Skyn Iceland’s Nordic Peel: If you suffer from cystic or hormonal acne, these pads will change your world. The product seems innocuous enough save for a minty, tingling sensation after using them, but give it one week, and you’ll be breakout free with noticeably smaller pores and less pigmentation. It’s a Lactic Acid, a.k.a. a great option for you sensitive types.
So, what are BHA’s?
BHA, or Beta Hydroxy Acid, works best on oily and acne prone skin because it’s oil soluble, which means it actively penetrates pores to degunk things like blackheads, whiteheads, and other acne, instead of AHA’s just loosening the “glue” that holds onto the top layer of dead skin cells. Imagine it like removing the cement between bricks, where your healthy skin is the bricks, and the BHA comes in and clears out the cement, which in this comparison is anything that is clogging up your pores.
Unlike AHA’s, BHA’s are not humectants, so they can make you super dry, which is why they typically aren’t recommended for dry or sensitive skin.
What are the different types of BHA’s?
The most prevalent BHA is Salicylic Acid, a derivative of aspirin, which is known for its anti-inflammatory properties, making it ideal to treat acne and inflammation. Products like dandruff shampoo also use Salicylic Acid as an ingredient to calm irritation and help get rid of the flaking dead skin.
What do BHA’s treat?
All the same stuff as AHA’s, but because BHA’s also clean out your pores, they’re great to use before serums or other concentrated products since your skin will be primed to absorb anything you put on top of it.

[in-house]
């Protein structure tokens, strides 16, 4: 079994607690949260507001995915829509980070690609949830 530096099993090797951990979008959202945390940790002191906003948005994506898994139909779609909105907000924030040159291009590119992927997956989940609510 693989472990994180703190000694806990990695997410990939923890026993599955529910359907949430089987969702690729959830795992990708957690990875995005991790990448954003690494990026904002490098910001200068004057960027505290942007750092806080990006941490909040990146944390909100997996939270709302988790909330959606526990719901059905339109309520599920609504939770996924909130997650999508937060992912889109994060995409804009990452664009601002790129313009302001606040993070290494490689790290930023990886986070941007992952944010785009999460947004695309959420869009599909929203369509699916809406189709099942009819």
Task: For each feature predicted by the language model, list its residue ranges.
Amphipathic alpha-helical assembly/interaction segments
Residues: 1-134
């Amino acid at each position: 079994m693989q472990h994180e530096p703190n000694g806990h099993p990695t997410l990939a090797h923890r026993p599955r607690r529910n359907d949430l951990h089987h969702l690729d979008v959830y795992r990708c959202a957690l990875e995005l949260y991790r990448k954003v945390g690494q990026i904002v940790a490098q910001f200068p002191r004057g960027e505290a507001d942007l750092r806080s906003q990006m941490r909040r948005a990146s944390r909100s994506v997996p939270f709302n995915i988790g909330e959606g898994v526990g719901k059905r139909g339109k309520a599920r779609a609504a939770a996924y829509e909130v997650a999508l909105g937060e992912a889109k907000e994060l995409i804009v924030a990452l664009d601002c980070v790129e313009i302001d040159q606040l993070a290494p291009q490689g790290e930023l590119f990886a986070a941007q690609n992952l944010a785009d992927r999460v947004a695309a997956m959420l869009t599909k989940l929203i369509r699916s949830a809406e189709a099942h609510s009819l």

When in my routine do I apply BHA’s?
Same as AHA’s: After cleanser or toner, before serum or moisturizer.
How often should I use BHA’s?
Since BHA’s are notorious for drying out skin, almost everyone should start with three days a week and work their skin up slowly to make sure they can tolerate it.
Anything else I need to know about BHA’s?
There’s debate over whether or not BHA’s make you photosensitive, but as I mentioned before, you should be wearing sunscreen every day regardless of whether or not you use AHA’s or BHA’s, so it’s a non-issue. 🙂
What are the best BHA’s to buy?
Paula’s Choice Skin Perfecting 2% BHA Liquid Exfoliant: If you’ve heard about this from a devoted user, chances are you think Paula’s Choice is some nutty cult based on how they rave about this product being a holy grail. It brightens and evens skin tone, like most acids, but the real magic is how it improves skin texture. Lines? Scars? General roughness? Gone, gone, and gone.
Shani Darden’s Retinol Reform: On the surface, this looks like an AHA because it has lactic acid, but it works like a BHA to clean out your pores and leave you with the clearest, brightest complexion of your life. Your pores look smaller, your skin is shiny and wrinkle-free; it’s borderline miraculous in most cases. It’s also slightly drying like a BHA, so buyer beware! If you’re dry, moisturizer is a must.